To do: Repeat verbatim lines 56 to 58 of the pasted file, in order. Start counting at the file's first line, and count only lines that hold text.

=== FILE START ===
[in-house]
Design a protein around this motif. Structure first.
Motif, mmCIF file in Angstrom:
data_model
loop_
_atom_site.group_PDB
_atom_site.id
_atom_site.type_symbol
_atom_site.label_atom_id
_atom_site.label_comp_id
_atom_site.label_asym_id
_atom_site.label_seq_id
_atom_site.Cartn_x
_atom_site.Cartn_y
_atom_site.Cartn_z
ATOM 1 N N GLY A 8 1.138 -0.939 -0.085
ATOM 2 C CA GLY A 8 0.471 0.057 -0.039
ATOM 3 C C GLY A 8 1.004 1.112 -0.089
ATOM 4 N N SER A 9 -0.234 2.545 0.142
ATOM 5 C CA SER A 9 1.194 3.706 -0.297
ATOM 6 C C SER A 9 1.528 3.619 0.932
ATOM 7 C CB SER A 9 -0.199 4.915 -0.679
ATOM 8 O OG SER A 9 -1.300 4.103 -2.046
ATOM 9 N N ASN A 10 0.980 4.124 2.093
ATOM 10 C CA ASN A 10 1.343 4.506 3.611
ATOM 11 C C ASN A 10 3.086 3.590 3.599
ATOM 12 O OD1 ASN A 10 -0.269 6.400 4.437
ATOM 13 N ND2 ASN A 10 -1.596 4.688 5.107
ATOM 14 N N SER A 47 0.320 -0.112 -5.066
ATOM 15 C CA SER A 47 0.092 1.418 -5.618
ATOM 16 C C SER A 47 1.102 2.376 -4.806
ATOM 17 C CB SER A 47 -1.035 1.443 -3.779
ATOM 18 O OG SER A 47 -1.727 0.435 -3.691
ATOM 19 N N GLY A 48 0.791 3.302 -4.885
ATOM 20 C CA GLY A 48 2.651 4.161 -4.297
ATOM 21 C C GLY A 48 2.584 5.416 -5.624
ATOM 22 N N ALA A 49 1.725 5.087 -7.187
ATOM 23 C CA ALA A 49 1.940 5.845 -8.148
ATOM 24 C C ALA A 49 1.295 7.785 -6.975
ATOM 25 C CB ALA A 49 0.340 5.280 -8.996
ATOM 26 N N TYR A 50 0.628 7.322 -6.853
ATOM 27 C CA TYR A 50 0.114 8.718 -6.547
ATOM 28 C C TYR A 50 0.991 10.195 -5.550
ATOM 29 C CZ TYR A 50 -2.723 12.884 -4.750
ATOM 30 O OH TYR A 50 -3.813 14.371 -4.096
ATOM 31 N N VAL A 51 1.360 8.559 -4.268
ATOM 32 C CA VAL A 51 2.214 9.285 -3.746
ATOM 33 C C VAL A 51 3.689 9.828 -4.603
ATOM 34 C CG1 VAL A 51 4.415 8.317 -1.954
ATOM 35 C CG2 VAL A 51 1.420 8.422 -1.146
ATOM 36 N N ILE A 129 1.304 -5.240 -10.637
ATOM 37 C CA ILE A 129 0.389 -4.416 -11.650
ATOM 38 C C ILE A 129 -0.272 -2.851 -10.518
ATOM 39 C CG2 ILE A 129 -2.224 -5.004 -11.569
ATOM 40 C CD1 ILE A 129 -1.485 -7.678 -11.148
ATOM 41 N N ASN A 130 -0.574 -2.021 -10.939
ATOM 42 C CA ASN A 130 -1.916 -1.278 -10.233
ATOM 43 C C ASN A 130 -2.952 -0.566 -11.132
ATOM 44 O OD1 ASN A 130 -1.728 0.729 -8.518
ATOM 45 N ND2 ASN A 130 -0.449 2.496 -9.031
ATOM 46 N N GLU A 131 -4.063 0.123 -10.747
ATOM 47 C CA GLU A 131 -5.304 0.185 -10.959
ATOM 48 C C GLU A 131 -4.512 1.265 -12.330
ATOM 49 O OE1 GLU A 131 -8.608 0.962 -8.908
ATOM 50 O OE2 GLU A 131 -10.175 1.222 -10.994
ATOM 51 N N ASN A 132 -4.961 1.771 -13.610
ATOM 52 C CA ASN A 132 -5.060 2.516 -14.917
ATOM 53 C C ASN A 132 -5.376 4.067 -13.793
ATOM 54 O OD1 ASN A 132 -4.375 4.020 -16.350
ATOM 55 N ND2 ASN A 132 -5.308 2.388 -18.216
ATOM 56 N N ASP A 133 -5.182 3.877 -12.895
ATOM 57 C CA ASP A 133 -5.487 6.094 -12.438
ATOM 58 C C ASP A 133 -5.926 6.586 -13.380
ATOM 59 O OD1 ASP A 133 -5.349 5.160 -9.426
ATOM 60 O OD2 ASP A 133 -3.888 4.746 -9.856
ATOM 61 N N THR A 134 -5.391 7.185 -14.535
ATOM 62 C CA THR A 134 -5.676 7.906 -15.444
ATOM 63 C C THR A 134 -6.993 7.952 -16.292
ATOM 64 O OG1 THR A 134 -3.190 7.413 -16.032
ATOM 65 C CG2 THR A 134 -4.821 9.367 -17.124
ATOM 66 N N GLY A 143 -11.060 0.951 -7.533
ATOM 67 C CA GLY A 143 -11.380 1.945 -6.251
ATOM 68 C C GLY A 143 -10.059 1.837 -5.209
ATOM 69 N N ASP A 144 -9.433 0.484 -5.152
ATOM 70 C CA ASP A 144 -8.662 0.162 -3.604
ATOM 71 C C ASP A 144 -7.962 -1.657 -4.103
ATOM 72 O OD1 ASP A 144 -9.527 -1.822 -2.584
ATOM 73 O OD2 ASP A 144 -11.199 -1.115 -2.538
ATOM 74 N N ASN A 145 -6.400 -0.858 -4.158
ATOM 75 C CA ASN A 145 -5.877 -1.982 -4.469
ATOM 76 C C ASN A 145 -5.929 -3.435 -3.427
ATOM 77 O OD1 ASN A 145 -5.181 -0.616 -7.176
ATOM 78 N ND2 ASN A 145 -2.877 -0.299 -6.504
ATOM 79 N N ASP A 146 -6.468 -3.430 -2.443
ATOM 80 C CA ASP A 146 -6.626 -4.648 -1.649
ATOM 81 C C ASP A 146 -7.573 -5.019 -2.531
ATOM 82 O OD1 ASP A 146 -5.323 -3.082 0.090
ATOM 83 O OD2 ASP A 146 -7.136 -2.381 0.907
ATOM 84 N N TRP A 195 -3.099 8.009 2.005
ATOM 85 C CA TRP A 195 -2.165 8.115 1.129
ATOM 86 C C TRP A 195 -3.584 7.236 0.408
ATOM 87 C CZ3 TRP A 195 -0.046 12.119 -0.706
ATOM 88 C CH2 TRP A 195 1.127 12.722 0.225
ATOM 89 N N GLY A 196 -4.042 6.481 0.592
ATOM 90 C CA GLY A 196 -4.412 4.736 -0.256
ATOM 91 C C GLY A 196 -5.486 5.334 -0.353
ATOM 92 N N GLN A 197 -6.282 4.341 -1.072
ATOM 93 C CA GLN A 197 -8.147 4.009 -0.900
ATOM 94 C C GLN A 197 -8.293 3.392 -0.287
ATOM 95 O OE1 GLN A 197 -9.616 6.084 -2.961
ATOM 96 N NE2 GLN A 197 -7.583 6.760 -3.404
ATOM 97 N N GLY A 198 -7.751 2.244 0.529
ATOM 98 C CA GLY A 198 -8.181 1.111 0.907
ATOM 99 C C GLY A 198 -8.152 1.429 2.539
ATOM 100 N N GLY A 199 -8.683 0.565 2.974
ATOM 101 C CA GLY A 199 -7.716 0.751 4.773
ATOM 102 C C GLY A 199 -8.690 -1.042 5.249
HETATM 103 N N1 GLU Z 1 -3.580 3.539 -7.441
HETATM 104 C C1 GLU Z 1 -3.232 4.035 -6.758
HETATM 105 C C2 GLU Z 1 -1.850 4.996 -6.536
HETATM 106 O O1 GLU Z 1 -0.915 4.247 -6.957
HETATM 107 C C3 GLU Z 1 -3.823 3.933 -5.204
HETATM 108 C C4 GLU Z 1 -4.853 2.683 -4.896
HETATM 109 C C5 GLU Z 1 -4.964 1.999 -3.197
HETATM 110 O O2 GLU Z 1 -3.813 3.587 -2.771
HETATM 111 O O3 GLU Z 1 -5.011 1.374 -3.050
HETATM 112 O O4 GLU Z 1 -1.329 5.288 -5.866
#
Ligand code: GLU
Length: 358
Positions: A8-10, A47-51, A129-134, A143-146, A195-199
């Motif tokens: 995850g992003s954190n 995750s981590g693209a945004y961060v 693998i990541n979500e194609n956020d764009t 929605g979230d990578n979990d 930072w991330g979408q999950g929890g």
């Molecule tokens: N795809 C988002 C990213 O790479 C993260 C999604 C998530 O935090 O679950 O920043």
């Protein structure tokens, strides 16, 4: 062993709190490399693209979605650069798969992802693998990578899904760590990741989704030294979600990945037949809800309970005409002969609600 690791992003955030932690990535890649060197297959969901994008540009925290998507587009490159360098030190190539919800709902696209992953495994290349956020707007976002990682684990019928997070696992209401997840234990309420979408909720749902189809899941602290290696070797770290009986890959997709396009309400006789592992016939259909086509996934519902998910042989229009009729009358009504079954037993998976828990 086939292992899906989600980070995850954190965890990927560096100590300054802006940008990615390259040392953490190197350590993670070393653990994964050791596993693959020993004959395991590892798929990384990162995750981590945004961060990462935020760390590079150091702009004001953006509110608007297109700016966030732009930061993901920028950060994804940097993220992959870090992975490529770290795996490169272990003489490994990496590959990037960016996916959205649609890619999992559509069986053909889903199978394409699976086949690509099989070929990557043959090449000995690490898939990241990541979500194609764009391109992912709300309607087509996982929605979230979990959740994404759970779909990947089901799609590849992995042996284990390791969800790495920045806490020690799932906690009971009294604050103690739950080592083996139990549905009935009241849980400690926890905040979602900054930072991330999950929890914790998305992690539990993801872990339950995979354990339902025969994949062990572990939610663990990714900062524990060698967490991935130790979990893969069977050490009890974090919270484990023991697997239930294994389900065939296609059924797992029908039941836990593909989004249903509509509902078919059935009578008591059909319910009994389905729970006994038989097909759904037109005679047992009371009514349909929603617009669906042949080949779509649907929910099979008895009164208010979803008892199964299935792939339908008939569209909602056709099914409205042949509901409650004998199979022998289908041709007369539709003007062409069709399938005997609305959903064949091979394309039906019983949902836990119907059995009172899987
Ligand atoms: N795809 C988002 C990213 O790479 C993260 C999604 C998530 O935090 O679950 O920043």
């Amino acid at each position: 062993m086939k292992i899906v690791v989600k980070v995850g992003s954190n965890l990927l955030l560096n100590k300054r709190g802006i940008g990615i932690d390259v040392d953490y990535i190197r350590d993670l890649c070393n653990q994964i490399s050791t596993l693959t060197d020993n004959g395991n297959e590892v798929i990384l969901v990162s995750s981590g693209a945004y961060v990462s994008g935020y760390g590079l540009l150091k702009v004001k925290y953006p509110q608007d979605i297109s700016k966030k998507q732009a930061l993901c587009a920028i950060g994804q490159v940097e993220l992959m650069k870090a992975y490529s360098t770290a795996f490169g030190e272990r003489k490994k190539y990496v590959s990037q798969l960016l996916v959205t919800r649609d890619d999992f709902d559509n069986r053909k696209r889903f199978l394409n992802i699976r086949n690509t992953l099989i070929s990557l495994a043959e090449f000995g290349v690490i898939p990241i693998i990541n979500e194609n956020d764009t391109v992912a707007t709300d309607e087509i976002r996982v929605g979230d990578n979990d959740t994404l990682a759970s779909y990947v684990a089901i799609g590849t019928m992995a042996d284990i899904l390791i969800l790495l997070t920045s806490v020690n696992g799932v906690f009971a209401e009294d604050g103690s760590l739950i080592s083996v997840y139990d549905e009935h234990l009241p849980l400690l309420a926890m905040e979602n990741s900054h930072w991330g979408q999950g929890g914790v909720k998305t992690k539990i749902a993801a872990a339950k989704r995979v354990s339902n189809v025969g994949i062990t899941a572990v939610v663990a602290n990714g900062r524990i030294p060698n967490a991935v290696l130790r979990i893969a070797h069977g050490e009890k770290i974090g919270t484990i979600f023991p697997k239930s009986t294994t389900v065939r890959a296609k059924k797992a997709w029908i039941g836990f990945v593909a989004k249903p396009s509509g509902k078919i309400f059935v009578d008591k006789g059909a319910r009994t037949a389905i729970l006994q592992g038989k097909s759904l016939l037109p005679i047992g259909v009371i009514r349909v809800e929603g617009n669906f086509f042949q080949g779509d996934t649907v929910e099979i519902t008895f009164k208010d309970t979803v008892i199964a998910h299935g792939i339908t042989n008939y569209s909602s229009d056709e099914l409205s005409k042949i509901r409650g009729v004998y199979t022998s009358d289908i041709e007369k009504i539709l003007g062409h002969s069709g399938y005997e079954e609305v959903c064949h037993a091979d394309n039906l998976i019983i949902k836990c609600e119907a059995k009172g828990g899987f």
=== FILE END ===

ATOM 41 N N ASN A 130 -0.574 -2.021 -10.939
ATOM 42 C CA ASN A 130 -1.916 -1.278 -10.233
ATOM 43 C C ASN A 130 -2.952 -0.566 -11.132